• $\begingroup$ @jj_ I'm not sure what good covering the telescopic antenna in wire would do. But yes, small wires, and longer wires, have more resistance. Resistance converts current into heat. If it's making heat, then that must be less electrical energy making it to the receiver. $\endgroup$ – Phil Frost - W8II Mar 14 '16 at 12:02
  • $\begingroup$ @PhilFrost, Would it be correct to say that the loop antenna receives the magnetic portion of the electromagnetic wave, and that a typical dipole or telescopic antenna would receive the electric portion of the electromagnetic wave from the transmitter? I always enjoy your answers since they seem very much like a university professor's explanations. $\endgroup$ – Craig K Mar 14 '16 at 16:18
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Electricaly short antennas seem to work fine on RX at these low frequencies .The humble AM car radio is case and point .Sure the little antenna produces less signal but it also produces less noise in proportion.So the Carrier to noise ratio coming in to the radio is roughly the same for both cases.Any low frequency RX that is worth its salt will have enough gain to compensate for this and its internal noise is much less than atmospheric noise .This is why increasing the length of the antenna often does not give a observable reception improvement .Things will actually get worse on some cheap solid state recievers because of poor overload performance.

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  • $\begingroup$ "Electricaly short antennas seem to work fine on RX at these low frequencies ." that's what I said in my question, I asked how. $\endgroup$ – jj_ Mar 13 '16 at 6:20
  • $\begingroup$ Well signal voltage is down due to extremely low radiation resistance .This low resistance is inconveniant to match efficiently.So less signal and less atmospheric noise. $\endgroup$ – Autistic Mar 13 '16 at 6:41
  • $\begingroup$ AM antennas typically have coils of wire that have a near wavelength amount of wire in them, such as was designed at ccrane.com/!ZWZH0veEn1U6mfPDHx13MQ!/… $\endgroup$ – PearsonArtPhoto Mar 13 '16 at 12:56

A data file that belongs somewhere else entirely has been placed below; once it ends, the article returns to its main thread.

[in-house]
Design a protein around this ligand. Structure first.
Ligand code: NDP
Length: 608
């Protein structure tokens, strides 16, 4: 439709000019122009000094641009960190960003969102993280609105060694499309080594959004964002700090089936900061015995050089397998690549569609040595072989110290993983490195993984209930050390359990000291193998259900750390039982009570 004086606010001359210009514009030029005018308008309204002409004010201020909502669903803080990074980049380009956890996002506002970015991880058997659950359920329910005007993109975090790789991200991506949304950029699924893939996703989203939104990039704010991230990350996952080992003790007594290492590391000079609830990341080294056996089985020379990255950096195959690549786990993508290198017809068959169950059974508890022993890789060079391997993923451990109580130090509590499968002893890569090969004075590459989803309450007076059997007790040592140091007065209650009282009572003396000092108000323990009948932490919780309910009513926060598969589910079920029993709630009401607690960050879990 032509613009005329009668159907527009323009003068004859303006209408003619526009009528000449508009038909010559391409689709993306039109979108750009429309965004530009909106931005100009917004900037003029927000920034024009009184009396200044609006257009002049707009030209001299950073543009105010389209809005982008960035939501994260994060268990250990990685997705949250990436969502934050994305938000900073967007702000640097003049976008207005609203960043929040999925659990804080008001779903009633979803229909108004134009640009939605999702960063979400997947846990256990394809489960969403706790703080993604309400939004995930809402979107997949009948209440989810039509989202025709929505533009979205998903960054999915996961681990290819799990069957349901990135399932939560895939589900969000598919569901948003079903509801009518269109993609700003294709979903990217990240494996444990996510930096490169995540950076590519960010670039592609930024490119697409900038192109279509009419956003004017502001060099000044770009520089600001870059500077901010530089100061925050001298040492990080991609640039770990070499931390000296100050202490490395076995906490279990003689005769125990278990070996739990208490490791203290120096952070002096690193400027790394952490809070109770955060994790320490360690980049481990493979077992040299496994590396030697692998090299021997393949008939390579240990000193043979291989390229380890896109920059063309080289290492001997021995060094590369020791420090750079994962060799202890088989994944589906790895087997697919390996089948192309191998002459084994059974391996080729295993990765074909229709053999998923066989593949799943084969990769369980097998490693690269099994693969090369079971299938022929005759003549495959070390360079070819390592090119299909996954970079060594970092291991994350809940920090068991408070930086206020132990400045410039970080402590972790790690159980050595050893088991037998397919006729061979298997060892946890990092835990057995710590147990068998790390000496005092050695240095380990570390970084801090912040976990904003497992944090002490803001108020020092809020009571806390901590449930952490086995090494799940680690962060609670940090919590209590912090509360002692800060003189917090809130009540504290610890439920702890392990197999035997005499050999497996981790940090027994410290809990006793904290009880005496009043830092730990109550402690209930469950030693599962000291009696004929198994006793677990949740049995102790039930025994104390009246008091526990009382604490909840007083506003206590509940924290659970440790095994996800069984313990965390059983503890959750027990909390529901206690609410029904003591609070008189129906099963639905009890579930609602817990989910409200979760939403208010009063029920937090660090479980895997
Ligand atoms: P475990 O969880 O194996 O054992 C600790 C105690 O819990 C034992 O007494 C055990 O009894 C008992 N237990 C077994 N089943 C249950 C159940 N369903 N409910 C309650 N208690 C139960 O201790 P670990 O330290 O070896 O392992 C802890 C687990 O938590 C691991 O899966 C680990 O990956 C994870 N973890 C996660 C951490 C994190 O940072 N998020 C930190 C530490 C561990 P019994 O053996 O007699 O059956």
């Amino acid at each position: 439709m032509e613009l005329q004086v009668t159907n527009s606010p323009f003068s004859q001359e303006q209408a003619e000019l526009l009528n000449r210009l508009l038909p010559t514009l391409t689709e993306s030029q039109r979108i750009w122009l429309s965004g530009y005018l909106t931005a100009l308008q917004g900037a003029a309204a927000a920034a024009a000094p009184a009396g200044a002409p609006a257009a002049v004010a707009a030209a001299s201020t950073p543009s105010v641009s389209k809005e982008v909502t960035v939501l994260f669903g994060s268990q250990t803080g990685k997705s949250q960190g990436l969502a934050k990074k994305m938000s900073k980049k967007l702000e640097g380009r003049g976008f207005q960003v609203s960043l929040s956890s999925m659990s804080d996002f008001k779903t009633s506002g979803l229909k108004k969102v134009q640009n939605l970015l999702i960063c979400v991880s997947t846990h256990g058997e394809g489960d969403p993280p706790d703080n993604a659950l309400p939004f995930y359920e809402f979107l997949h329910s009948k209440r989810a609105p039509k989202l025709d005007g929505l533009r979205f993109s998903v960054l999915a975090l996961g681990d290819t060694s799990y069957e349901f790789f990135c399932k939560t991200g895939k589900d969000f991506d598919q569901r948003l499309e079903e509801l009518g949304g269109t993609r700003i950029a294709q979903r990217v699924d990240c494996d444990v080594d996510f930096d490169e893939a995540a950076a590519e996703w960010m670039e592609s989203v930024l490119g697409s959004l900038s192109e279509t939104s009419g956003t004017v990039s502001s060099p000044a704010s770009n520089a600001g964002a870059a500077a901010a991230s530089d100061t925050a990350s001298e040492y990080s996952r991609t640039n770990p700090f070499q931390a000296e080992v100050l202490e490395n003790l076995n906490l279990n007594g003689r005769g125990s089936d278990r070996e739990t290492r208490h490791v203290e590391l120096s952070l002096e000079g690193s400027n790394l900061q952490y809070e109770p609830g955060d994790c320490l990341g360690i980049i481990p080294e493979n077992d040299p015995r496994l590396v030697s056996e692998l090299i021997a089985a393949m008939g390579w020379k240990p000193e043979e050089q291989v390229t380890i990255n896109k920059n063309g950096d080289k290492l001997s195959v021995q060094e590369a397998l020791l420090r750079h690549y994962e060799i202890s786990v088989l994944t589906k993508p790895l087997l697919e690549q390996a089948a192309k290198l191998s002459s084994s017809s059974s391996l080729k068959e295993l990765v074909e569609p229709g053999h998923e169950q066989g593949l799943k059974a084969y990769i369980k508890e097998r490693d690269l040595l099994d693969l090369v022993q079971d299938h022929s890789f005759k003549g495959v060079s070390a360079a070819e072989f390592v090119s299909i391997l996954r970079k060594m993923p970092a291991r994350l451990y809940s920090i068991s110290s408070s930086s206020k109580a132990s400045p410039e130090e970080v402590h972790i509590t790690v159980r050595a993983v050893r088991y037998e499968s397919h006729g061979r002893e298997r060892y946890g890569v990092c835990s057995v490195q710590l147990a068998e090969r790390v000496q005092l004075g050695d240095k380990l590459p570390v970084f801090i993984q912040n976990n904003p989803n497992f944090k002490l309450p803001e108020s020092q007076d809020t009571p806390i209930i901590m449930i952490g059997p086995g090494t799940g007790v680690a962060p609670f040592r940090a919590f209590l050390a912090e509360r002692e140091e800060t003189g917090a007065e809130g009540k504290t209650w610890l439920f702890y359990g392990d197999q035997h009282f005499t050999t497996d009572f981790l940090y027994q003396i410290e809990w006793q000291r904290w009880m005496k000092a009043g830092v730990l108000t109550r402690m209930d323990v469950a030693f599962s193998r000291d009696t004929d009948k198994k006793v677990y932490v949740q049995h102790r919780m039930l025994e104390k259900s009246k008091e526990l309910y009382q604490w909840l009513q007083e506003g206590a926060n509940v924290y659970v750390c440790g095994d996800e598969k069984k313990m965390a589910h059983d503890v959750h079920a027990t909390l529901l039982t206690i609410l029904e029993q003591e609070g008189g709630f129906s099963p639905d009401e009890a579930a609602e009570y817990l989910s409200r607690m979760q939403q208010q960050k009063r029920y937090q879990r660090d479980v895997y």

• $\begingroup$ The "7 turns of wire to make a coil" described in the linked article, are no way near to a wavelength in MW and LW! $\endgroup$ – jj_ Mar 13 '16 at 18:26
  • $\begingroup$ @PearsonArtPhoto What makes coils of wire work has nothing to do with the wire being a wavelength long. Consider that all of the turns are magnetically coupled by virtue of sharing the same (possibly air) core. This high degree of coupling means the current in each turn is essentially equal. This is true however many turns there are, and whether or not the total length of the wire is related to wavelength in any way. $\endgroup$ – Phil Frost - W8II Mar 14 '16 at 1:26
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Antenna efficiency is far more important for transmitting than for receiving. If the small AM antenna in your transistor radio produces only one thousandth the signal that a 300-foot vertical with 160 radials does, the deficiency is easily made up by the amplifier. It's nowhere near as easy to increase the power of a transmitter by a thousand times, which is why great care is taken to make AM broadcast antennas as efficient as possible.

The internal AM antenna in your radio works better than the telescoping stick antenna because the internal antenna is either a wire loop with many turns, or a ferrite stick with many turns of wire around it. The many turns of the internal antenna 'amplify' (in a manner of speaking) the received signal.

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  • $\begingroup$ "The many turns of the internal antenna 'amplify' (in a manner of speaking) the received signal.".. That's a bit too vague. $\endgroup$ – jj_ Mar 13 '16 at 6:24
  • $\begingroup$ Whenever magnetic flux passes through a coil of wire, a voltage is generated. (An RF signal has both a magnetic field and an electric field, but this kind of antenna works with the magnetic field component.) For a small wire loop antenna, if the wire loop has 100 turns then it will pick up 100 times the signal that it would if it had only a single turn. $\endgroup$ – rclocher3 Mar 14 '16 at 17:49
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How is that even possible that the short internal antenna does its work better than the much longer telescopic antenna that the radio uses for SW?

let me try to answer it differently: the "short internal" antenna, even when the summary length of the coils do not even approach the length needed of a stretched dipole, is efficient due to "L/C resonance"

for every frequency you can find (multiple) coil/capacitor combinations which will be resonant for that frequency. And will work "better" as an antenna compared to a small telescopic antenna for receive.

This is also why certain HAMs which want to Tx on such bands are using "magnetic loop antennas" which have the same principle, it is a resonant L/C circuit.

HTH, Edwin